2021 Fiction Ockham Shortlist Announced

(Image credit: New Zealand Book Awards Trust.)

The Ockham 2021 fiction shortlist has just been announced and what a wildly diverse, eclectic and fabulous list it is. There are two previous winners in there – Pip Adam and Catherine Chidgey – and it is safe to say that, as befits New Zealand’s top fiction award, some very challenging issues are explored in several of the books, including the Holocaust, the aftermath of a sexual assault at a high school rugby game, surveillance, gender and the longtail effects of capitalism.

The quality and calibre of all four finalists in the Jann Medlicott Acorn Prize for Fiction is quite exceptional and all four books are highly readable and available to borrow from Wellington City Libraries.

You can also see shortlisted author Brannavan Gnanalingam at our forthcoming A Capital Crimespree event at Newtown Library on the 30th of April.  For full details of that event click here.

Bug week & other stories / Beautrais, Airini
“A science educator in domestic chaos fetishises Scandinavian furniture and champagne flutes. A group of white-collar deadbeats attend a swinger’s party in the era of drunk Muldoon. A pervasive smell seeps through the walls of a German housing block. A seabird performs at an open-mic night. Bug Week is a scalpel-clean examination of male entitlement, a dissection of death, an agar plate of mundanity. From 1960s Wellington to post-Communist Germany, Bug Week traverses the weird, the wry and the grotesque in a story collection of human taxonomy.” (Adapted from Catalogue)

Nothing to see / Adam, Pip
“It’s 1994. Peggy and Greta are learning how to live sober. They go to meetings and they ring their support person, Diane.  They live with Heidi and Dell, who are also like them. It’s 2006. Peggy and Greta have two jobs: a job at a call centre, and a job as a moderator for a website. They’re teaching themselves how to code. Heidi and Dell don’t live together anymore. It’s 2018. Margaret lives next door to Heidi and her family. She has a job writing code that analyses data for a political organisation, and she’s good at it. Every day she checks an obsolete cellphone she found under her bed, waiting for messages. ” (Adapted from Catalogue) Also available as an eBook.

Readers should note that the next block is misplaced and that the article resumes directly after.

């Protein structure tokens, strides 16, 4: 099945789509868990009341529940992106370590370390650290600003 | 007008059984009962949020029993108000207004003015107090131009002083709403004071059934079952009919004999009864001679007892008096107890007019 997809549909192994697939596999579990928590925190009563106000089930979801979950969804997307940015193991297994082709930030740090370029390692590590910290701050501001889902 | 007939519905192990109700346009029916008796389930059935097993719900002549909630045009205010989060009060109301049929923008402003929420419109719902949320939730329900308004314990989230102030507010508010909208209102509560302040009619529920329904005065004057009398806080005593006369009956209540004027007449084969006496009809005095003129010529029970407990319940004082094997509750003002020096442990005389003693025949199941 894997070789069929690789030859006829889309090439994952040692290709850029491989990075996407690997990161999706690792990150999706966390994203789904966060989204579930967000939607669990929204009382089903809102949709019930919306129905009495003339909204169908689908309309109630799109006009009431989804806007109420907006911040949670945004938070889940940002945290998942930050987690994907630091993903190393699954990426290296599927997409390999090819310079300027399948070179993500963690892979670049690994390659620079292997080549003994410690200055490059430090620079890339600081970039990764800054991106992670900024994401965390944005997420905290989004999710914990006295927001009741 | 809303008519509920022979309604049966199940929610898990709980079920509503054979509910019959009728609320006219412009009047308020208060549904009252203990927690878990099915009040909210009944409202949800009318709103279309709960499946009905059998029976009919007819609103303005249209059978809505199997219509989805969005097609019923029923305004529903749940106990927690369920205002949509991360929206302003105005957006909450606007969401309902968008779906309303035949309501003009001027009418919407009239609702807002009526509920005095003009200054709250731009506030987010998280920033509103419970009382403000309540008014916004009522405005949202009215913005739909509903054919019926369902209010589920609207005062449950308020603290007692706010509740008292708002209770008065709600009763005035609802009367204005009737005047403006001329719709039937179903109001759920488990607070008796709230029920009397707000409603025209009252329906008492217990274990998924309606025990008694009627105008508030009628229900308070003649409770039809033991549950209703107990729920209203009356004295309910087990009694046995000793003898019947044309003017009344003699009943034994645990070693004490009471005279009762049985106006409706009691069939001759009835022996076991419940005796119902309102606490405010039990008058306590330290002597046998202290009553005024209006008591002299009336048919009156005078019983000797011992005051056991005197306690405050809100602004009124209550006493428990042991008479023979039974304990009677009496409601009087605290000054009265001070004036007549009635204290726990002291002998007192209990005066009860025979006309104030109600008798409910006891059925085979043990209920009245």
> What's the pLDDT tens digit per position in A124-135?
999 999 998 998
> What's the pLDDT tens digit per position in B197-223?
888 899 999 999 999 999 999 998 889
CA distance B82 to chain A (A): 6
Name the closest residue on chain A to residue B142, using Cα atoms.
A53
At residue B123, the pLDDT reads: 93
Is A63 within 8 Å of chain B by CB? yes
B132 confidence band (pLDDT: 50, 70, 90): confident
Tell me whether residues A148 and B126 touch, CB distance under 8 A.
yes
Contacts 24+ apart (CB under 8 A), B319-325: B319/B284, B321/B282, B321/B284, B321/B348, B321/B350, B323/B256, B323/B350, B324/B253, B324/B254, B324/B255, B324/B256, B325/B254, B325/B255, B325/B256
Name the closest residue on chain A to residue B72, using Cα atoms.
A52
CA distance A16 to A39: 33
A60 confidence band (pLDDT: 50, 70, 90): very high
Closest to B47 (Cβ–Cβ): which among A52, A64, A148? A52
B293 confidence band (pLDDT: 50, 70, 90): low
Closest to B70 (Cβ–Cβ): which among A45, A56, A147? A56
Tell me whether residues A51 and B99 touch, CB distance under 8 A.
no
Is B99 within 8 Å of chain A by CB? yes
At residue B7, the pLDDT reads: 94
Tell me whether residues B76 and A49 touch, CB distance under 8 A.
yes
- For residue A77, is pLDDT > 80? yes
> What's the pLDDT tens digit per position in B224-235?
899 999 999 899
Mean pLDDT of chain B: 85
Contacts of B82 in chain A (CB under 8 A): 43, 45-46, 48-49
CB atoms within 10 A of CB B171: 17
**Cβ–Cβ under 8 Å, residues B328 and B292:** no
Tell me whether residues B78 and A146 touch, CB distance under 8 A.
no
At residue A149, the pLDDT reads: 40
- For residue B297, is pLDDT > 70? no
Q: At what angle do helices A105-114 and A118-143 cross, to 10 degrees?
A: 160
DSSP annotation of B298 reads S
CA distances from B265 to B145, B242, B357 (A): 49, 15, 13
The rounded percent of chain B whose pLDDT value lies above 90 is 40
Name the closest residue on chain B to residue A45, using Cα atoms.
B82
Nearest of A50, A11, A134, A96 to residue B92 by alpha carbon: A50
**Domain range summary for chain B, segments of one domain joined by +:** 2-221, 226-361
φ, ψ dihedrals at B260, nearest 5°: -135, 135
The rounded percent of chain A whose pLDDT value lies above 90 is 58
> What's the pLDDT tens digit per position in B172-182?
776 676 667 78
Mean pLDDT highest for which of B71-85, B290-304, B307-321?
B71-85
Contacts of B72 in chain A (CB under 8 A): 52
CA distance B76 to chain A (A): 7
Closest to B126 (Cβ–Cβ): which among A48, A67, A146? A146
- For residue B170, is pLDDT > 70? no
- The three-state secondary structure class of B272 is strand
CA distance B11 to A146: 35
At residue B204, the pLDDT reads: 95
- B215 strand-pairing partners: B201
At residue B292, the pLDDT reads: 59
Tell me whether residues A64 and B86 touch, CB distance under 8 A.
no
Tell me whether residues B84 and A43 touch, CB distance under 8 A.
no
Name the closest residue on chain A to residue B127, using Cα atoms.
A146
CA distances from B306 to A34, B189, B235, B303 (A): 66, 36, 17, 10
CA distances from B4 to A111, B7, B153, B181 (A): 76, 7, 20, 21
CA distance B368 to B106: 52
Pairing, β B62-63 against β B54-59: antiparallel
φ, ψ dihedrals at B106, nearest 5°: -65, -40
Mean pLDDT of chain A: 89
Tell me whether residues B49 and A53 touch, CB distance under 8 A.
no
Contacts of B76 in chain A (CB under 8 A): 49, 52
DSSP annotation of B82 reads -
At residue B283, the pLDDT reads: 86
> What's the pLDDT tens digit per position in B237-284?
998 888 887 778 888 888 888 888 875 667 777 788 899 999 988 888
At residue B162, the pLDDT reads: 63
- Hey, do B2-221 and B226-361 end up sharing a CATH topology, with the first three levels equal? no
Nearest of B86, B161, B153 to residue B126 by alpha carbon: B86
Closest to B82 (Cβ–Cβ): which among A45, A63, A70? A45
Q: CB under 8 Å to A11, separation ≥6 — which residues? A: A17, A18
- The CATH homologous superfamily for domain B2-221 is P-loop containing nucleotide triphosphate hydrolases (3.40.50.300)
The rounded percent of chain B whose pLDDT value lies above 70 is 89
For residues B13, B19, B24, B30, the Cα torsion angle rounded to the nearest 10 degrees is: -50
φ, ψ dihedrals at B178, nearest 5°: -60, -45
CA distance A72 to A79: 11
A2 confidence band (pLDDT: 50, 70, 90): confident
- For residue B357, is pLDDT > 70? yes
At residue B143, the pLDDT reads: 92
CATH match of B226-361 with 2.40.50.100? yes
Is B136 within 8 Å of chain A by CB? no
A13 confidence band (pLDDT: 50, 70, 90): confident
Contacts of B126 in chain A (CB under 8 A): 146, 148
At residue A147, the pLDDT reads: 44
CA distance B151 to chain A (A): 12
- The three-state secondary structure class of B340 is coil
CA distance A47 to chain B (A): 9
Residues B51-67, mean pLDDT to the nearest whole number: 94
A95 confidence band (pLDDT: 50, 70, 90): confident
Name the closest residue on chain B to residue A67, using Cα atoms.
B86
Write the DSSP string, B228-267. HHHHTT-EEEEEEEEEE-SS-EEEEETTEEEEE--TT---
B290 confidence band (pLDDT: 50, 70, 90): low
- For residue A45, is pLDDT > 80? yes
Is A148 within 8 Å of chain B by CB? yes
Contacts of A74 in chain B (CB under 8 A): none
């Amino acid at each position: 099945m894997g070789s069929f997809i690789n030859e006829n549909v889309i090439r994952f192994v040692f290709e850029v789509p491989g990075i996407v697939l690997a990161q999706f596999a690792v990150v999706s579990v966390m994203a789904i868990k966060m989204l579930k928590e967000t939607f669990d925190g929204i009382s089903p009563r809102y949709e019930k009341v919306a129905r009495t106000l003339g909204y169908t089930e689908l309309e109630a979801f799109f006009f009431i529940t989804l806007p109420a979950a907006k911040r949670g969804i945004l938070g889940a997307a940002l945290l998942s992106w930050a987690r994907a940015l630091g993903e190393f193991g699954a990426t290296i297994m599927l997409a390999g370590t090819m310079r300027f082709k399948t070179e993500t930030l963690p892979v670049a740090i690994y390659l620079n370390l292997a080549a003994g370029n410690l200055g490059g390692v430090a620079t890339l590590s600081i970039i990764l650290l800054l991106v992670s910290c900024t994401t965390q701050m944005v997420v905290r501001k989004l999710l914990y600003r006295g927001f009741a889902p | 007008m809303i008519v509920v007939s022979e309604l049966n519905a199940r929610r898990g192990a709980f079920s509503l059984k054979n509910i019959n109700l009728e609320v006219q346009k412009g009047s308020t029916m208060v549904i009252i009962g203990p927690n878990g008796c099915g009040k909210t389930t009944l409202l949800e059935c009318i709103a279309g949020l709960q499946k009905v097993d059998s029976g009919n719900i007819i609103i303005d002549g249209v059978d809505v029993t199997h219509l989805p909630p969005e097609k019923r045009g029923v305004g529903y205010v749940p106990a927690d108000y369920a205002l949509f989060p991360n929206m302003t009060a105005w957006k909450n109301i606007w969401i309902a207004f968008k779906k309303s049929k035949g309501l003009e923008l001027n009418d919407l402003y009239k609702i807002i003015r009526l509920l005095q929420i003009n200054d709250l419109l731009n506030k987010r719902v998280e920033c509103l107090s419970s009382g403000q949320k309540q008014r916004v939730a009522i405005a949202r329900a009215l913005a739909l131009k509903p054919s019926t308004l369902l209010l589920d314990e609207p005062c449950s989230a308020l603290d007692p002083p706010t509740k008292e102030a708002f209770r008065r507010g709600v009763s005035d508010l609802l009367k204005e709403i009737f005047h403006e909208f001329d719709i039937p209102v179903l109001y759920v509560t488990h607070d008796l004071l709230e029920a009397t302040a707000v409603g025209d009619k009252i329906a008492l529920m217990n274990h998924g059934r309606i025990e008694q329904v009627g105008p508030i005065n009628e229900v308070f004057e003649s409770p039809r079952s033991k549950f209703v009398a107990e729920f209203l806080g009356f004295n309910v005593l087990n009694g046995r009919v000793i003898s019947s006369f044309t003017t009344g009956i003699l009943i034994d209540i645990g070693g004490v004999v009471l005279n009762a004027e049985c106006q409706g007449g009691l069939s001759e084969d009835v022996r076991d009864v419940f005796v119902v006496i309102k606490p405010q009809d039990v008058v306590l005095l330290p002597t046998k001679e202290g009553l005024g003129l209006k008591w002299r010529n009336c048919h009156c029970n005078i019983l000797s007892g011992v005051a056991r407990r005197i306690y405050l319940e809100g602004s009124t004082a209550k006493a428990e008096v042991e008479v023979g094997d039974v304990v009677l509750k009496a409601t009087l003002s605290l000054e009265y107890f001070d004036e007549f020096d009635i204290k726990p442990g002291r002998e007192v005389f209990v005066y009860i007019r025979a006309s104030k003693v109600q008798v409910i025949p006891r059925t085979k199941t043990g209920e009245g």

Remote sympathy / Chidgey, Catherine
“Moving away from their lovely apartment in Munich isn’t nearly as wrenching an experience for Frau Greta Hahn as she had feared.  Frau Hahn and the other officers’ wives living in this small community can order anything they desire, whether new curtains made from the finest French fabrics, or furniture designed to the most exacting specifications. Life here in Buchenwald would appear to be idyllic. When Frau Hahn is forced into an unlikely and poignant alliance with one of Buchenwald’s prisoners, Dr Lenard Weber, her naïve ignorance about what is going on so nearby is challenged.” (Adapted from Catalogue)

Sprigs / Gnanalingam, Brannavan
“It is Saturday afternoon and two boys’ schools are locked in battle for college rugby supremacy. Priya – a fifteen year old who barely belongs – watches from the sidelines. Then it is Saturday night and the team is partying. Priya’s friends have evaporated and she isn’t sure what to do. In the weeks after ‘the incident’ life seems to go on. But when whispers turn to confrontation, the institutions of wealth and privilege circle the wagons.”–cover. (Adapted from Catalogue)

 

For a  full list of all other categories shortlisted, see below:

Thank you Stephen and Book Awards judges

The judges for the 2021 New Zealand Book Awards for Children and Young Adults were announced back in December, but we wanted to take a minute to note (relatively late in the game) that our lovely Children’s and Youth Services Coordinator, Stephen Clothier, is a judge for this year’s awards.

Stephen’s role at Wellington City Libraries is to work with our Children and Youth Services team, spread around the city at our 14 branches, to plan our services to children and teens — and he also works closely with our collection development team to look at and regularly review what we offer our youngest customers on our shelves and online.

His library-related interests include reading to children in funny voices, teaching robots to read to children in funny voices, and, in both a literal and a figurative sense, blowing things up. He has presented workshops regionally and nationally for librarians, parents and educators on topics as diverse as early literacy, educational robotics, and STEAM education. He is also a founder and co-editor of Tūhono, a new poetry journal by and for young Wellingtonians.

Stephen, we know you’re currently in danger of being buried alive by your reading pile, and we want you to know that we, your colleagues, appreciate the mahi of you and your fellow judges, and are so looking forward to the final results.